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Nigel Brennan reacts to being called ‘heroic’ in judgment of Lindhout case

Nigel Brennan reacts to being called ‘heroic’ in judgment of Lindhout case
Canada
Australian photographer Nigel Brennan says he s appreciative of an Ontario judge calling him "heroic" as a guilty verdict was handed down in the Amanda Lindhout kidnapping case, but he says he was "never going to leave her behind" even if he was given the opportunity to do so.

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Australian photographer Nigel Brennan says he’s appreciative of an Ontario judge calling him “heroic” as a guilty verdict was handed down in the Amanda Lindhout kidnapping case, but he says he was “never going to leave her behind” even if he was given the opportunity to do so.

Ontario Superior Court Justice Robert Smith handed down the verdict against Ali Omar Ader on Wednesday after a 10-day trial.

Brennan said in a Skype interview Wednesday he learned the news after receiving texts from his “point of contact” with the RCMP.

“From my point of view, it was a fairly horrific thing that I had to go through and my family had to go through … so I’m pleased this has gone through the process,” he said.

In August 2008, he and Lindhout were seized by armed men in Mogadishu, beginning 15 months in captivity for the pair. They were released upon payment of a ransom.

As Smith read his decision, he called Brennan “heroic” for refusing to leave Lindhout behind even though enough money had been secured for his release.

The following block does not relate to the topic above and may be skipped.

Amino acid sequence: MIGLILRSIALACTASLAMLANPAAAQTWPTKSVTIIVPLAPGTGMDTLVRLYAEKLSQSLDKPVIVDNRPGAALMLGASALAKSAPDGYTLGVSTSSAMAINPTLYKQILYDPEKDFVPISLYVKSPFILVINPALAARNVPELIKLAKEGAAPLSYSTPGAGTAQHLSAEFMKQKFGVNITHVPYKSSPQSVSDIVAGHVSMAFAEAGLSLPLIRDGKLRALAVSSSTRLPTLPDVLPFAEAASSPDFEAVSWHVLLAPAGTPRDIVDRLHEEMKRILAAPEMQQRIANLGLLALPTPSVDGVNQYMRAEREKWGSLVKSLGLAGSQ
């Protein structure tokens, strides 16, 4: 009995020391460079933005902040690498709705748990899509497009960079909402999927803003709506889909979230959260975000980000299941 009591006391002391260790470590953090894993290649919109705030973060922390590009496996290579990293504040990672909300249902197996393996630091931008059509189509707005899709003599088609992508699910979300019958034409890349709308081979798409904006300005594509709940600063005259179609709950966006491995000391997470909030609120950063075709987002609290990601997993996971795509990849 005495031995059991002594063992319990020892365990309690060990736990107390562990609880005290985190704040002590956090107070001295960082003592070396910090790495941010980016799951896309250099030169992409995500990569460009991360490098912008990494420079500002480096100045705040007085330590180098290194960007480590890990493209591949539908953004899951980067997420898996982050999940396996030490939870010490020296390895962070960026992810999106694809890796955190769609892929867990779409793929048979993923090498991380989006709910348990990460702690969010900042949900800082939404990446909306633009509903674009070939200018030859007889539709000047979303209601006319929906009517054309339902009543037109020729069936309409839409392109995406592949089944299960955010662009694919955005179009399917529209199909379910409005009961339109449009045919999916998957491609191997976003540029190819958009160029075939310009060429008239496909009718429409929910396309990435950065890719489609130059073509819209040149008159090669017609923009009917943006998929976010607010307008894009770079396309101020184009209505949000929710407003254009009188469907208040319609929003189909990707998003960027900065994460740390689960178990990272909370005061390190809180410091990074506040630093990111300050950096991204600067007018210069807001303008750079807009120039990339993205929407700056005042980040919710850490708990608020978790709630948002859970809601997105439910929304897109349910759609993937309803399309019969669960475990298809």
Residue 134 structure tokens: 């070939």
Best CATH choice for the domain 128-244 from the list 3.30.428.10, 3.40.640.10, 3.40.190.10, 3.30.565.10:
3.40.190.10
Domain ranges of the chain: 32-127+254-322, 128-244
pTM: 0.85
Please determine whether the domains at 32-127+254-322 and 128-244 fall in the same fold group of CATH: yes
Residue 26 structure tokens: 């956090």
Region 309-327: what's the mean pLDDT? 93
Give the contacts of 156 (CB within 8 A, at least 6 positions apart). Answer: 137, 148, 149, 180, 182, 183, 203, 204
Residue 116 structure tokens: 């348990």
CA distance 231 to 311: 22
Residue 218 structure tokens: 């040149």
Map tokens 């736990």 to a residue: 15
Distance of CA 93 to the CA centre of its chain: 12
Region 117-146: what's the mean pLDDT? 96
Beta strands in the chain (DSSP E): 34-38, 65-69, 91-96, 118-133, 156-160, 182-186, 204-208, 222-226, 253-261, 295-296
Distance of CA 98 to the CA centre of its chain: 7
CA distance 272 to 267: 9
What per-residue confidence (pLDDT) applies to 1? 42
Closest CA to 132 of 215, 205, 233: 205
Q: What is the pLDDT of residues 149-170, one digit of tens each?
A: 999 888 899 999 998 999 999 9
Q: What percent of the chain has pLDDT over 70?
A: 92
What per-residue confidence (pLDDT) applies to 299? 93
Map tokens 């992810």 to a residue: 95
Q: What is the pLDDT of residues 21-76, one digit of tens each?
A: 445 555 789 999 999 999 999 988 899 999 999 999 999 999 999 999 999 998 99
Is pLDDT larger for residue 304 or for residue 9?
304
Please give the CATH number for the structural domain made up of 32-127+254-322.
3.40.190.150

Asked about the judge’s remarks, the photographer said he appreciated the words.

“I wasn’t aware that the judge had called me heroic,” he said. “I was just doing what I thought I had to do and that was to protect Amanda as a fellow hostage in captivity. So I was never going to leave her behind even if I was given the opportunity to be released. It’s very kind for the judge to use those words.”

Ader’s arrest and conviction was a result of a multi-year police investigation that involved luring Ader to Canada under the premise of a book deal about Somalia.

Ader met a business agent — actually an undercover Mountie — whom he had developed a business relationship with on the island of Mauritius and, according to the Mountie, spoke freely of helping the hostage-takers in return for US$10,000 in ransom money.

With the trial now over and the verdict handed down, Brennan said he was looking forward to discovering more about how Ader was lured to Canada.

He said he was not aware of the tactics used by the RCMP to bring Ader to Canada and was told by the Mounties they could not reveal that information until the verdict.

In terms of his communication with Lindhout, Brennan said since the verdict they had not been in touch.

“Since the ordeal, we’ve kept in contact for the first 18 months very closely and then I guess as time’s gone on that has sort of stopped,” he said. “Before the trial, Amanda sent me an email and since the verdict I haven’t heard anything from her.”

Since being released, Brennan has become a father and he said that following what occurred “you can be a victim or you can be a survivor” and he decided to be a survivor and move on with his life and had a son in the past eight years.
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